Many have speculated that this will be more than just a name change as the brand re-fresh could include an updated features list. For example, as you can see from our above comparison, the old PC Financial had a real drawback when looking at eTransfer offerings. More and more young consumers find themselves using apps or eTransfers far more often than cheques, so chances are that Simplii will look to remedy that comparison point specifically.
If you are a current PC Financial customer it appears that there is no need to panic (but opening a Tangerine Account in order to grab the free bonus and compare overall platforms couldn’t hurt). It will be a gradual changeover and CIBC has stated that they will be sending out new debit cards to Simplii account holders
Customers will be able to continue to access CIBC’s 3,400 ATM locations across Canada for free – just as before said Mike Boluch, CIBC’s executive vice-president of direct banking, innovation and payments.
“The offer is very similar out of the gate to what they have today. That’s by design — certainly our intent,” Boluch said. “We want to minimize any impact of change on our clients.”
Users of the President’s Choice Mastercard (which allowed users to claim rewards at Loblaw’s PC Plus loyalty program) can use their previously accrued rewards points whenever they wish – but cannot earn any new points through Simplii after Oct. 31st. The overall credit card will continue to operate as before.
The biggest immediate change for most account holders is the dissolving of the partnership with Loblaw’s locations. For example, Simplii users will no longer be allowed to withdrawn money for free from Loblaw’s ATMs. We await other changes eagerly.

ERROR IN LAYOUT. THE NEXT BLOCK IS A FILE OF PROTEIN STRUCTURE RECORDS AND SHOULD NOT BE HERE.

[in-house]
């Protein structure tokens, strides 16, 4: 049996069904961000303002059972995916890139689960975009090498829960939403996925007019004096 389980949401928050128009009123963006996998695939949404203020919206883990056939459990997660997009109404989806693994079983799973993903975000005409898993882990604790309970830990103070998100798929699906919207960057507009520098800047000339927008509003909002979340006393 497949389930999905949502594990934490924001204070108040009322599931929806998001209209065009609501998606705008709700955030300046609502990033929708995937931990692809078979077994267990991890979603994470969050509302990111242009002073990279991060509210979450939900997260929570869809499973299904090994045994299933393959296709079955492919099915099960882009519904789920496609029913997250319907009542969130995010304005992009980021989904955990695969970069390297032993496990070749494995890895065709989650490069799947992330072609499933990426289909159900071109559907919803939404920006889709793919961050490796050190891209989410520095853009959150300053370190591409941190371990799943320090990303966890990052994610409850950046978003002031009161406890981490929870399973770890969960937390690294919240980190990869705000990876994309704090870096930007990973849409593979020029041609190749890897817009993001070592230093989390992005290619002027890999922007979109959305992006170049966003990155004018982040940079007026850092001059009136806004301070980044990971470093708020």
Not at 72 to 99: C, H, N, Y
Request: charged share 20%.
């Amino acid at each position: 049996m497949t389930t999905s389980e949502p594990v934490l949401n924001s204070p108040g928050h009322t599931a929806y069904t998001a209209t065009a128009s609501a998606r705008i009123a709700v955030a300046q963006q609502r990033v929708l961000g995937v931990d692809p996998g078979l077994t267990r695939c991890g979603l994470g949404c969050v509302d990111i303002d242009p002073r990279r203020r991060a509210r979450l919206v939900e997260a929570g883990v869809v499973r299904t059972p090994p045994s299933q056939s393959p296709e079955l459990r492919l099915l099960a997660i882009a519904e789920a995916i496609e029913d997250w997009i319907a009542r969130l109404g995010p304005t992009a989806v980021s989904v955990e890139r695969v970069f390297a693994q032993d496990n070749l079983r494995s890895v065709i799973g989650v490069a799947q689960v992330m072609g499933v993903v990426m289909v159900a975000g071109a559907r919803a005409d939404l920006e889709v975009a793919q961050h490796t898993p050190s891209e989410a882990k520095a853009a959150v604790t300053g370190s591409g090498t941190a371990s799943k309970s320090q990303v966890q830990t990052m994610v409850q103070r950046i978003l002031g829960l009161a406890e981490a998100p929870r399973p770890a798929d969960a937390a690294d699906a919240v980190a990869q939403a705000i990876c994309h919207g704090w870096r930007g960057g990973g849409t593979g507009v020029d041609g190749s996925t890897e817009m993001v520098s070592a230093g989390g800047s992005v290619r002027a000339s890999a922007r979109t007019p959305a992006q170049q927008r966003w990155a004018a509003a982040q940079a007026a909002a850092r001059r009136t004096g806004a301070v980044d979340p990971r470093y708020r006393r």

Personally, I’m hoping that CIBC takes the opportunity to come with a really well polished product that is easy to use across all platforms, offers us some great introductory and long-term rates, and includes an updated features list that raises the bar for all of Canada’s online banks!
**It’s also interesting to note that as 2017 progresses, EQ bank has been making real noise about branching out in terms of services offered and challenging our current market leaders when it comes to all-around-account offers. They have aggressively marketed their high-interest savings accounts, and continue to be extremely competitive in that area.
EQ Bank and Zag Bank: New Guys on The Block
While Tangerine and PC Financial look to be the dominant online players for some time to come, a couple of young guns have made a big splash in 2016. EQ Bank is the online-only arm of Equitable Bank (an established bank with over $14 billion in assets under administration). Zag Bank represents an attempt by the Desjardins Group to garner a share of the online pie.
Both EQ and Zag caught a lot of eyeballs earlier this year when they offered incredible interest rate opportunities in order to grab some initial momentum. EQ was shelling out 3% (roughly four times what PF and Tangerine were offering at the time), and despite claiming that this was not a teaser rate, have since lowered their rate to a still-impressive 2.25%. (Did anyone not see this coming?) Zag wasn’t far behind at an initial rate of 2.5%, before dropping down to their “long-term rate” of 1.65% in June. While these rates certainly accomplished their goals of putting these young upstarts on the map, they might have set an unreasonably high bar for themselves in this low interest rate environment. Time will tell if they are able to pay this much more interest than the chequing account/high-interest savings account options offered by other financial institutions.
To be honest, while EQ and Zag are marketing themselves as competitors to Tangerine and PCF I just don’t see this as a reality. At this point, both banks are ideally positioned as high-interest saving account companions to one of Canada’s two full-service online banks or a traditional banking option. They are committed to offering excellent savings rates, but are missing some key features such as:
- The ability to write cheques.
- No ATM withdrawal capability.